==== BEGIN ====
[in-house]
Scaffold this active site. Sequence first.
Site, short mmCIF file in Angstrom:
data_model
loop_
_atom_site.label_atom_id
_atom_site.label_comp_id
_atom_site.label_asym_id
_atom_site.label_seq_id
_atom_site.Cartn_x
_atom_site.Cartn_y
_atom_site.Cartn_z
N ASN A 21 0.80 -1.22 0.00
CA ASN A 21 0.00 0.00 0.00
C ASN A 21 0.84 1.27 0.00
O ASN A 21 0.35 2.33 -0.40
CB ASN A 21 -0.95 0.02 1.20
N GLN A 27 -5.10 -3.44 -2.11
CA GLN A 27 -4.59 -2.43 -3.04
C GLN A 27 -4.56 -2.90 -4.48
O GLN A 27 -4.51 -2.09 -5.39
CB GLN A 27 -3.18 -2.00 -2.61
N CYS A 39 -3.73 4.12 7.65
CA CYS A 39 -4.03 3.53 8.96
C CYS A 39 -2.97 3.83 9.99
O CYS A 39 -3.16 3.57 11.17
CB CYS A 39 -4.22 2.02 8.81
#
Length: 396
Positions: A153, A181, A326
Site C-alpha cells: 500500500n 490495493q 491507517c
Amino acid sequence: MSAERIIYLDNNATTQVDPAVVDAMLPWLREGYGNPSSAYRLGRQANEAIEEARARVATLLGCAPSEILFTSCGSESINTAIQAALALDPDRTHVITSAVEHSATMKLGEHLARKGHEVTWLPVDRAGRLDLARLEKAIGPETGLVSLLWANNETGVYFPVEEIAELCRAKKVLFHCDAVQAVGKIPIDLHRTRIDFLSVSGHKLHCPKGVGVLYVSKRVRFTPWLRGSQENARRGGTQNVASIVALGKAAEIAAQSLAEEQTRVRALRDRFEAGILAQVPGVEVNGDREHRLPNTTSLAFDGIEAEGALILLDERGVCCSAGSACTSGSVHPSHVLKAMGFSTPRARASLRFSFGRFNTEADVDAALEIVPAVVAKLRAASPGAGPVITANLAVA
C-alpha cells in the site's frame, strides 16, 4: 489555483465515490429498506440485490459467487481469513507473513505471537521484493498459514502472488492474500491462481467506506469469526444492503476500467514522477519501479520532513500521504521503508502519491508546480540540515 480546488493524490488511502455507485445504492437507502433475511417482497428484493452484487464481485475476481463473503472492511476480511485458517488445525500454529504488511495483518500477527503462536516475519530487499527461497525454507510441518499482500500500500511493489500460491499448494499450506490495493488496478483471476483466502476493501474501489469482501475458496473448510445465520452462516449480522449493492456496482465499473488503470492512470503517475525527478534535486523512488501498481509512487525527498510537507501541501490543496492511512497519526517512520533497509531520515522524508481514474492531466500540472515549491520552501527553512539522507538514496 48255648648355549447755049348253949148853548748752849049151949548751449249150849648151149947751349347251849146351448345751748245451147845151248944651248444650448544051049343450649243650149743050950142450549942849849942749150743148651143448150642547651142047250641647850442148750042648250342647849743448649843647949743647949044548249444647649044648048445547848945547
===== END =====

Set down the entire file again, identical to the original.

[in-house]
Scaffold this active site. Sequence first.
Site, short mmCIF file in Angstrom:
data_model
loop_
_atom_site.label_atom_id
_atom_site.label_comp_id
_atom_site.label_asym_id
_atom_site.label_seq_id
_atom_site.Cartn_x
_atom_site.Cartn_y
_atom_site.Cartn_z
N ASN A 21 0.80 -1.22 0.00
CA ASN A 21 0.00 0.00 0.00
C ASN A 21 0.84 1.27 0.00
O ASN A 21 0.35 2.33 -0.40
CB ASN A 21 -0.95 0.02 1.20
N GLN A 27 -5.10 -3.44 -2.11
CA GLN A 27 -4.59 -2.43 -3.04
C GLN A 27 -4.56 -2.90 -4.48
O GLN A 27 -4.51 -2.09 -5.39
CB GLN A 27 -3.18 -2.00 -2.61
N CYS A 39 -3.73 4.12 7.65
CA CYS A 39 -4.03 3.53 8.96
C CYS A 39 -2.97 3.83 9.99
O CYS A 39 -3.16 3.57 11.17
CB CYS A 39 -4.22 2.02 8.81
#
Length: 396
Positions: A153, A181, A326
Site C-alpha cells: 500500500n 490495493q 491507517c
Amino acid sequence: MSAERIIYLDNNATTQVDPAVVDAMLPWLREGYGNPSSAYRLGRQANEAIEEARARVATLLGCAPSEILFTSCGSESINTAIQAALALDPDRTHVITSAVEHSATMKLGEHLARKGHEVTWLPVDRAGRLDLARLEKAIGPETGLVSLLWANNETGVYFPVEEIAELCRAKKVLFHCDAVQAVGKIPIDLHRTRIDFLSVSGHKLHCPKGVGVLYVSKRVRFTPWLRGSQENARRGGTQNVASIVALGKAAEIAAQSLAEEQTRVRALRDRFEAGILAQVPGVEVNGDREHRLPNTTSLAFDGIEAEGALILLDERGVCCSAGSACTSGSVHPSHVLKAMGFSTPRARASLRFSFGRFNTEADVDAALEIVPAVVAKLRAASPGAGPVITANLAVA
C-alpha cells in the site's frame, strides 16, 4: 489555483465515490429498506440485490459467487481469513507473513505471537521484493498459514502472488492474500491462481467506506469469526444492503476500467514522477519501479520532513500521504521503508502519491508546480540540515 480546488493524490488511502455507485445504492437507502433475511417482497428484493452484487464481485475476481463473503472492511476480511485458517488445525500454529504488511495483518500477527503462536516475519530487499527461497525454507510441518499482500500500500511493489500460491499448494499450506490495493488496478483471476483466502476493501474501489469482501475458496473448510445465520452462516449480522449493492456496482465499473488503470492512470503517475525527478534535486523512488501498481509512487525527498510537507501541501490543496492511512497519526517512520533497509531520515522524508481514474492531466500540472515549491520552501527553512539522507538514496 48255648648355549447755049348253949148853548748752849049151949548751449249150849648151149947751349347251849146351448345751748245451147845151248944651248444650448544051049343450649243650149743050950142450549942849849942749150743148651143448150642547651142047250641647850442148750042648250342647849743448649843647949743647949044548249444647649044648048445547848945547